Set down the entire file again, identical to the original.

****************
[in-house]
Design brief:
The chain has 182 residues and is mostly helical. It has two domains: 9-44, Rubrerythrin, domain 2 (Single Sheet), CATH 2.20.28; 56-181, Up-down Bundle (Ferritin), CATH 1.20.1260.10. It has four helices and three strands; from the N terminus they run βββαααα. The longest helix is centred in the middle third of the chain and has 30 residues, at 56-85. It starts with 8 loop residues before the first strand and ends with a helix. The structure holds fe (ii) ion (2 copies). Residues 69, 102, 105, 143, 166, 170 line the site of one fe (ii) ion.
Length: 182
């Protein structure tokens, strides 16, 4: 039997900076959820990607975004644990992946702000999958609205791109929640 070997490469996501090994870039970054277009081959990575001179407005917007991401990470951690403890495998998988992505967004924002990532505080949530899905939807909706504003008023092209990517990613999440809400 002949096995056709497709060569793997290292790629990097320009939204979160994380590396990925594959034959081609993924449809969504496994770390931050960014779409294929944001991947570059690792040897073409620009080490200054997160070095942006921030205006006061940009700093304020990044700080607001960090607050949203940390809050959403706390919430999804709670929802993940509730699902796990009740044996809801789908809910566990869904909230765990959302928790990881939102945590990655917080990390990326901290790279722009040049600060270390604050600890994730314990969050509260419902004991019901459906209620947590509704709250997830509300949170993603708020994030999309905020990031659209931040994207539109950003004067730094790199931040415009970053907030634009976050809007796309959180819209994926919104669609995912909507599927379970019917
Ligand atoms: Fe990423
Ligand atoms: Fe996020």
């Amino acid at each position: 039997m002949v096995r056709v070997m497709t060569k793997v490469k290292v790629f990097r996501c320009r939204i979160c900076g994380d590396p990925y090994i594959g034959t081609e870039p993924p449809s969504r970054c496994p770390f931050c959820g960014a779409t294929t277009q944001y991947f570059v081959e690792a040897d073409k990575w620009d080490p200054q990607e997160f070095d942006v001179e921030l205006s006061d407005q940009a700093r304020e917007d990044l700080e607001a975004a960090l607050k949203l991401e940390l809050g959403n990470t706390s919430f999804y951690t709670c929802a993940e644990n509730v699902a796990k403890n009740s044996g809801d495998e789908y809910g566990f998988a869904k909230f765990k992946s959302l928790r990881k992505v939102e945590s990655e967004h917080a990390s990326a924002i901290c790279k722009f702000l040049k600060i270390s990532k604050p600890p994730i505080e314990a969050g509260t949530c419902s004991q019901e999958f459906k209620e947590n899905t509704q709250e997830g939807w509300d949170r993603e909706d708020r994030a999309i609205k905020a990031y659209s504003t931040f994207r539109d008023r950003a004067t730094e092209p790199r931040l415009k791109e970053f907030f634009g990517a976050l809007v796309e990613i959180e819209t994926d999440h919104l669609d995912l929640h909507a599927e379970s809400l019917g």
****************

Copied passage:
[in-house]
Design brief:
The chain has 182 residues and is mostly helical. It has two domains: 9-44, Rubrerythrin, domain 2 (Single Sheet), CATH 2.20.28; 56-181, Up-down Bundle (Ferritin), CATH 1.20.1260.10. It has four helices and three strands; from the N terminus they run βββαααα. The longest helix is centred in the middle third of the chain and has 30 residues, at 56-85. It starts with 8 loop residues before the first strand and ends with a helix. The structure holds fe (ii) ion (2 copies). Residues 69, 102, 105, 143, 166, 170 line the site of one fe (ii) ion.
Length: 182
């Protein structure tokens, strides 16, 4: 039997900076959820990607975004644990992946702000999958609205791109929640 070997490469996501090994870039970054277009081959990575001179407005917007991401990470951690403890495998998988992505967004924002990532505080949530899905939807909706504003008023092209990517990613999440809400 002949096995056709497709060569793997290292790629990097320009939204979160994380590396990925594959034959081609993924449809969504496994770390931050960014779409294929944001991947570059690792040897073409620009080490200054997160070095942006921030205006006061940009700093304020990044700080607001960090607050949203940390809050959403706390919430999804709670929802993940509730699902796990009740044996809801789908809910566990869904909230765990959302928790990881939102945590990655917080990390990326901290790279722009040049600060270390604050600890994730314990969050509260419902004991019901459906209620947590509704709250997830509300949170993603708020994030999309905020990031659209931040994207539109950003004067730094790199931040415009970053907030634009976050809007796309959180819209994926919104669609995912909507599927379970019917
Ligand atoms: Fe990423
Ligand atoms: Fe996020």
């Amino acid at each position: 039997m002949v096995r056709v070997m497709t060569k793997v490469k290292v790629f990097r996501c320009r939204i979160c900076g994380d590396p990925y090994i594959g034959t081609e870039p993924p449809s969504r970054c496994p770390f931050c959820g960014a779409t294929t277009q944001y991947f570059v081959e690792a040897d073409k990575w620009d080490p200054q990607e997160f070095d942006v001179e921030l205006s006061d407005q940009a700093r304020e917007d990044l700080e607001a975004a960090l607050k949203l991401e940390l809050g959403n990470t706390s919430f999804y951690t709670c929802a993940e644990n509730v699902a796990k403890n009740s044996g809801d495998e789908y809910g566990f998988a869904k909230f765990k992946s959302l928790r990881k992505v939102e945590s990655e967004h917080a990390s990326a924002i901290c790279k722009f702000l040049k600060i270390s990532k604050p600890p994730i505080e314990a969050g509260t949530c419902s004991q019901e999958f459906k209620e947590n899905t509704q709250e997830g939807w509300d949170r993603e909706d708020r994030a999309i609205k905020a990031y659209s504003t931040f994207r539109d008023r950003a004067t730094e092209p790199r931040l415009k791109e970053f907030f634009g990517a976050l809007v796309e990613i959180e819209t994926d999440h919104l669609d995912l929640h909507a599927e379970s809400l019917g």